Sunday, 2 May 2010

Snooker Accused

I am running out of sports to bet on that are free of match-fixing or cheating scandals.

The News of the World tomorrow publishes a fairly damning expose on John Higgins, although this is nothing new for snooker and the "fear of the Russian Mafia" excuse may have some credibility. I remember accusations from way back in the 1980s. This news follows cricket and its "spot-fixing" rumours, as well as the perennial concerns about horse racing, tennis, Italian football, non-league English football, boxing and no doubt other sports that don't spring to mind immediately. If it turns out that wrestling is fixed too, I may well lose faith in sports altogether.

My involvement in snooker is very much small scale. I don't care for the sport too much, if it is even a sport. (It seems to me that for a sport to be a sport, rather than a game, some reasonable level of physical fitness needs to be a requirement, but that's another topic.) Snooker is boring and just all too easy to fix. As with tennis, just the one player's cooperation is needed, and for someone unlikely to win the tournament, the sums of money mentioned in the News of the World article would be very tempting.

So what sports can one bet on with a reasonable certainly that the result will be genuine?

Leaving aside the possibility that the referee is untouched (no sure thing as evidenced by Portuguese, German and Brazilian football as well as the NBA) the top leagues for team sports are a pretty solid choice. At the end of the season, there may be little incentive for many teams to try their best, but in England at least, the chances of a league game being fixed are slim at best. Not trying too hard and settling for a mutually beneficial result is something else, and that has been going on since 1898. Before I was born in fact.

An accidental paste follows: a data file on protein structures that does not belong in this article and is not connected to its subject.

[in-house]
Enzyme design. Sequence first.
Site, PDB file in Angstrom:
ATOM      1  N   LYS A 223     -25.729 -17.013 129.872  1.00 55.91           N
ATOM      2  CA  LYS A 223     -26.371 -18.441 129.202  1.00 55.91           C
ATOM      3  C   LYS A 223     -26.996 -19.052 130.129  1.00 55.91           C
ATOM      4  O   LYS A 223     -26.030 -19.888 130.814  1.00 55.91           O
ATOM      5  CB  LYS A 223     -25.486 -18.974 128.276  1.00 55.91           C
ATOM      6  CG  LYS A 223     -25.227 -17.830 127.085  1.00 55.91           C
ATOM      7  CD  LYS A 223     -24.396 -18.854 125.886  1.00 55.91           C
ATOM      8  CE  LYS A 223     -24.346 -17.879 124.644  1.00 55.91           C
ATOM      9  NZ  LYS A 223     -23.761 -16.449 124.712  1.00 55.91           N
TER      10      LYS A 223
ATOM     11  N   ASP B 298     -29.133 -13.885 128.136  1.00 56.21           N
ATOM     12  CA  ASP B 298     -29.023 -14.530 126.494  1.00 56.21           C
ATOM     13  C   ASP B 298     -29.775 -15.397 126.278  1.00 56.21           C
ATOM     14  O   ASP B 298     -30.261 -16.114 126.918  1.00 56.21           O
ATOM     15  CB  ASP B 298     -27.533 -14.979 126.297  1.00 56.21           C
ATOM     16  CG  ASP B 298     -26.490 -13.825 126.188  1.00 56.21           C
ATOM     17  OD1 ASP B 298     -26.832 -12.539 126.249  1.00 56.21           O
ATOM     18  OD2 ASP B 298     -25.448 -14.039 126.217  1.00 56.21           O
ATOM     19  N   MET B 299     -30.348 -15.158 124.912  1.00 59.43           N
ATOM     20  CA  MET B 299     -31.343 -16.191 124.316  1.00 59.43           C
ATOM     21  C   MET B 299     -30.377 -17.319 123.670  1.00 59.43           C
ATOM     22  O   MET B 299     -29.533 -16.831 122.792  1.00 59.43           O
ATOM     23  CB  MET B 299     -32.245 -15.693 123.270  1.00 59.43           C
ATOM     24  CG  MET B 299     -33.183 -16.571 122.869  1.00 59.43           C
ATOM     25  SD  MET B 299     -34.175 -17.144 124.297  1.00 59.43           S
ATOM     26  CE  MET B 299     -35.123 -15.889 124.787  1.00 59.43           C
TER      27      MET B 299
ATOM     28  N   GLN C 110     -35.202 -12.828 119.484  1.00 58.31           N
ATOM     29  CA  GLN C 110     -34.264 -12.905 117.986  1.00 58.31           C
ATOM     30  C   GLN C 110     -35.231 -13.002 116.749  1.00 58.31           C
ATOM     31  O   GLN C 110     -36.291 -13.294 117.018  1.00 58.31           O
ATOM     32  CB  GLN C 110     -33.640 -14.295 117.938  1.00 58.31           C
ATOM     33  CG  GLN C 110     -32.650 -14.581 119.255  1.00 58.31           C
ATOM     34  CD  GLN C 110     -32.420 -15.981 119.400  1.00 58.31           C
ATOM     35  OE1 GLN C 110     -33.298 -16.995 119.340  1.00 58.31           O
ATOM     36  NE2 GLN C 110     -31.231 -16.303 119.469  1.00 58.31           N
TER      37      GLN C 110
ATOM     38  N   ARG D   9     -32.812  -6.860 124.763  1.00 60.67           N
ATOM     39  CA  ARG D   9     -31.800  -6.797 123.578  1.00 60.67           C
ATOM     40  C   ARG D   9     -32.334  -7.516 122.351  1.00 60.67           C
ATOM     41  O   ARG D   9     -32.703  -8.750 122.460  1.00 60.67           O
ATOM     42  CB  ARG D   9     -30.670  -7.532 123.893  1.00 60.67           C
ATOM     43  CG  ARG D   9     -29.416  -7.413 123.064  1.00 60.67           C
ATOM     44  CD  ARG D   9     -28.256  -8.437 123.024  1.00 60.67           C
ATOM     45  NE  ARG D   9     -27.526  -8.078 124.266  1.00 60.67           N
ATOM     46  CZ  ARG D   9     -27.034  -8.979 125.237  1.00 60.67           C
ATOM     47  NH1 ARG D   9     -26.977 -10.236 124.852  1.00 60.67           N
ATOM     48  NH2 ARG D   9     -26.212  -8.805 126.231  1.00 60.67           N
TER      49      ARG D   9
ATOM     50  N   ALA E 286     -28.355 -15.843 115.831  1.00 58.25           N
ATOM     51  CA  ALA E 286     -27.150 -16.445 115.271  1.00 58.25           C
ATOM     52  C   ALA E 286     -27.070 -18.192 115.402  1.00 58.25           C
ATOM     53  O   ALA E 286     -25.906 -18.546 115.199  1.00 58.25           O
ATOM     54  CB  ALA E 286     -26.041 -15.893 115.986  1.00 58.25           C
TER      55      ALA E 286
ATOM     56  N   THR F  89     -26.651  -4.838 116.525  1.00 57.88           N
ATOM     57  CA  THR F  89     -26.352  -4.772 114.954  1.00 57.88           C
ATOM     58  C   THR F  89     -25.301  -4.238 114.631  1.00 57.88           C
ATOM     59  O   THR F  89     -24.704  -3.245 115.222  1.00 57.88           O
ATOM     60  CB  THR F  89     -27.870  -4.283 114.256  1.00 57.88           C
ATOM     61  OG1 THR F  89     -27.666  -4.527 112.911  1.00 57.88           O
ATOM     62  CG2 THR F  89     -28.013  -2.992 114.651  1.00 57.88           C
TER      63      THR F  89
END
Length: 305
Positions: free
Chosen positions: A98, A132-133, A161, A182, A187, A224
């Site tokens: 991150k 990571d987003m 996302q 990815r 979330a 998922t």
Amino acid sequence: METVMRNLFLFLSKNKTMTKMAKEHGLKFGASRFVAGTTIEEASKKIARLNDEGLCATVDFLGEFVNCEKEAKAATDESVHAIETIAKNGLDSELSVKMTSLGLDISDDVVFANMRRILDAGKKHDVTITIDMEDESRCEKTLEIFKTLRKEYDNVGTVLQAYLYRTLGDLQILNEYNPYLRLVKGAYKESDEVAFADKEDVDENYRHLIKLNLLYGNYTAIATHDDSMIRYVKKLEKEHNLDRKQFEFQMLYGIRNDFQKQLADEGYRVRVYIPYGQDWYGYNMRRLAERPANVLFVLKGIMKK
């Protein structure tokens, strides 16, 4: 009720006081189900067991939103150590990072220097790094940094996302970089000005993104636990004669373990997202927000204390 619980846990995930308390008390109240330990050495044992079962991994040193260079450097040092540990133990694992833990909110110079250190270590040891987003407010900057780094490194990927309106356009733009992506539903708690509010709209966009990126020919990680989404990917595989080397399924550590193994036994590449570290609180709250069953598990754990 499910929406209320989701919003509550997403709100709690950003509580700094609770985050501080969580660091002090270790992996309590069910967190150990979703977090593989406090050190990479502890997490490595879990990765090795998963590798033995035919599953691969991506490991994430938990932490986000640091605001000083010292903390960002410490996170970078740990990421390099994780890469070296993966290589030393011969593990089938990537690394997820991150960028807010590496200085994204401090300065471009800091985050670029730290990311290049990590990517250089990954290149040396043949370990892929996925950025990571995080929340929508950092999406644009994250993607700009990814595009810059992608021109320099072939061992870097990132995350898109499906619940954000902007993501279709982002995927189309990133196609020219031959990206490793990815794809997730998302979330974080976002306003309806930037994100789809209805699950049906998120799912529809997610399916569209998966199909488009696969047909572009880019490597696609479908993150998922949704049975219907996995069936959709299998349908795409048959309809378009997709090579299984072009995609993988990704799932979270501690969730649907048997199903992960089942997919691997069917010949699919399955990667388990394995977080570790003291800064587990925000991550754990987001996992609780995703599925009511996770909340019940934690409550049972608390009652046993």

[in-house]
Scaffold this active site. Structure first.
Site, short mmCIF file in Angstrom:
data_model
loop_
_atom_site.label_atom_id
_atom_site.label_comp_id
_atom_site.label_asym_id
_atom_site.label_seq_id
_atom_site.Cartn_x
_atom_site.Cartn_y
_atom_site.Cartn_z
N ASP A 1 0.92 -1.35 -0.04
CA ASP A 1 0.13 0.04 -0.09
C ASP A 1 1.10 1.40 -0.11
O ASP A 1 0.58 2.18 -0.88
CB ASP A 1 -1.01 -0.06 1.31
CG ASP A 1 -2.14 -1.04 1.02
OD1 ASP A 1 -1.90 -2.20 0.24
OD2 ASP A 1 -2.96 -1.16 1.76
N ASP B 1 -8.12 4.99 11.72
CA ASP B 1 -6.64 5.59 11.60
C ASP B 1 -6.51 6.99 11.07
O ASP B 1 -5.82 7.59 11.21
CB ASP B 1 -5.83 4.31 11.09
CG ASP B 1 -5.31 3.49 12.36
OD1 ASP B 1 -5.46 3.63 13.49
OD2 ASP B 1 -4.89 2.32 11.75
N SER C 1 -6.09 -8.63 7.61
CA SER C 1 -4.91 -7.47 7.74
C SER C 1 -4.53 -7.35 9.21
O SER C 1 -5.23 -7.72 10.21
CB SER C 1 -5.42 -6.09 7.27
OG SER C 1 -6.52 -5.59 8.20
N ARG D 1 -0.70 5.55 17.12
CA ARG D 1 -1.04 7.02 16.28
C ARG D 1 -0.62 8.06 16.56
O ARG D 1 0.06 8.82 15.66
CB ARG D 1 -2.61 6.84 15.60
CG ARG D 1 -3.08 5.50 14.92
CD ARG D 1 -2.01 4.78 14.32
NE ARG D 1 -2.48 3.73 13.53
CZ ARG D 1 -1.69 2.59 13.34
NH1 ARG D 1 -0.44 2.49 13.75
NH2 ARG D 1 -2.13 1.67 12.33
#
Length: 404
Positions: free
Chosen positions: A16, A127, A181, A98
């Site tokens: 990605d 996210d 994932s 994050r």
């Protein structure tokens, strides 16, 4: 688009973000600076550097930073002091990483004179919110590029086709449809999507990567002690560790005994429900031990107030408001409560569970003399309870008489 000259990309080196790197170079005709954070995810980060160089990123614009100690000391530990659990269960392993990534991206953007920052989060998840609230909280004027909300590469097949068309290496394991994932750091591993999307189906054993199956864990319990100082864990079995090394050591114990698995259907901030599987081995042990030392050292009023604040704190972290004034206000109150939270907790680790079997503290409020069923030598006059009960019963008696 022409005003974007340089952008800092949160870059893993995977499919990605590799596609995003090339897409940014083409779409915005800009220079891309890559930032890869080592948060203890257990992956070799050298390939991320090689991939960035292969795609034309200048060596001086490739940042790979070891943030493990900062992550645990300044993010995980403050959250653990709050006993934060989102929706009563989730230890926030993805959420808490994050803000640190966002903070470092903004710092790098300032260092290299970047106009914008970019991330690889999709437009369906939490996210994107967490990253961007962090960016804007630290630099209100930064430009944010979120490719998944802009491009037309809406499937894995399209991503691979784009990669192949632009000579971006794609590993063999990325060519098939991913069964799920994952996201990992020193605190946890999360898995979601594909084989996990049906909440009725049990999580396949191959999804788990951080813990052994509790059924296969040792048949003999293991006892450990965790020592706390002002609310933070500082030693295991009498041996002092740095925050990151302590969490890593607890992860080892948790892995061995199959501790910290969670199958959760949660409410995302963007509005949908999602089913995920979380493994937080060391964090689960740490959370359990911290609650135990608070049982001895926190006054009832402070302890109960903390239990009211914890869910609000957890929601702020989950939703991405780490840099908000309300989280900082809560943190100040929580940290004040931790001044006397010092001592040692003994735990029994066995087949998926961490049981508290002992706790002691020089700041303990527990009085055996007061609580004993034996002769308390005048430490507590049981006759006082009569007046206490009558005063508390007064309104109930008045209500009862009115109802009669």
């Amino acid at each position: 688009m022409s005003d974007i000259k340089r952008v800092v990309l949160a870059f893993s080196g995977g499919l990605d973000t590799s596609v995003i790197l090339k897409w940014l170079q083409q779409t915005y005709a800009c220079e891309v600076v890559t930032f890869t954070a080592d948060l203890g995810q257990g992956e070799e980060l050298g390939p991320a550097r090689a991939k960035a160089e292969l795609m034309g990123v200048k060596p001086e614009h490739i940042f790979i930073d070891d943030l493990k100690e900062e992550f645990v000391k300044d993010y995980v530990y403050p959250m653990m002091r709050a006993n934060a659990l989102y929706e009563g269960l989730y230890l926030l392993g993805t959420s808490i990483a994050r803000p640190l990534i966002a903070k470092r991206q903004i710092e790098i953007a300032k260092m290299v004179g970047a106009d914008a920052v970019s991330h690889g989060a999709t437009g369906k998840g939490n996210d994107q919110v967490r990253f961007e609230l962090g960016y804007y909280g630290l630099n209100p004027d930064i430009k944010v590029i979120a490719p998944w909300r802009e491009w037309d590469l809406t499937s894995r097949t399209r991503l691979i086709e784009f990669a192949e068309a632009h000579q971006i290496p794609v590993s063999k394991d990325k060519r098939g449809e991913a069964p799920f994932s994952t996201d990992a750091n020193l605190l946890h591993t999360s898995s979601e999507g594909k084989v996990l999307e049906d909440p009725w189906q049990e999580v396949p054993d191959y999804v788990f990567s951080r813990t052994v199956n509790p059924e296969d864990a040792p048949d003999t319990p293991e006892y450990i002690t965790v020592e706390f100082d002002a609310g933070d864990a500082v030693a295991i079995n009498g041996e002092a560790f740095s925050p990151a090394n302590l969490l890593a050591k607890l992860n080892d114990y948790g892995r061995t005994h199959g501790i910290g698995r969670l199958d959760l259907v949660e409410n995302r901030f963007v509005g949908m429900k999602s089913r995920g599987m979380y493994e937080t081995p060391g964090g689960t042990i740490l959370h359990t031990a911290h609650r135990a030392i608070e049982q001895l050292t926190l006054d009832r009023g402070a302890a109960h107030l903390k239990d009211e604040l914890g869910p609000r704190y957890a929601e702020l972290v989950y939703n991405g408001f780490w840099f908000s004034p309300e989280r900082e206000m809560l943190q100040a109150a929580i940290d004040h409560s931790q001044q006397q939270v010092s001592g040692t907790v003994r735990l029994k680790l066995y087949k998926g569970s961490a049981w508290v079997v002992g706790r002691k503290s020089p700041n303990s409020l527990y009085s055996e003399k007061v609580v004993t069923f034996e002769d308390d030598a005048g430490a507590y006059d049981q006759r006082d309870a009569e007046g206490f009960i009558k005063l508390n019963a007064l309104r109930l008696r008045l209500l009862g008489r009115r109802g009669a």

The problem for the fixer is always going to be that of hiding their "unusual betting patterns", something that sticks out like a sore thumb in a game where liquidity is usually relatively small.

The big four American sports seem to be free of fixing accusations, although it hasn't always been that way, and tanking remains an ongoing issue, even if steps have been taken to minimise the 'rewards'. When the post-season seeding arrangements are known ahead of time, even play-off teams sometimes resort to this, but a blind-eye is generally turned to this practice, and smart betters know the risks.

The problems there are more related to performance-enhancing drug use than throwing games, although it is true that College basketball is susceptible to point shaving which can affect the result of handicap / totals markets, if not the money line.

Not a major betting sport, but cycling is just so riddled with drug use that it's become pointless to watch it any more. I remember staying up into the early hours watching Ben Johnson 'win' the 100m in a world record time, only to be stripped of the medal a few days later, but that was just 9.83 seconds of my life wasted. To follow the Tour de France for three weeks and a day, only for the 'winner' to be stripped of the title months later was a lot more annoying.

Golf too has had it's rumours of drug use, although it's hard to see how a performance enhancing drug would really help in a sport that requires a lot of walking and 30 plus 'big' hits. The prize money on offer would be a deterrent to most players from deliberately throwing a tournament, but maybe Tiger (Cheetah?) was offered a cocktail waitress to miss the cut this weekend. (His wife's not expecting him home until late Sunday and since he's admitted to 120, another one isn't going to make any odds.)

No comments: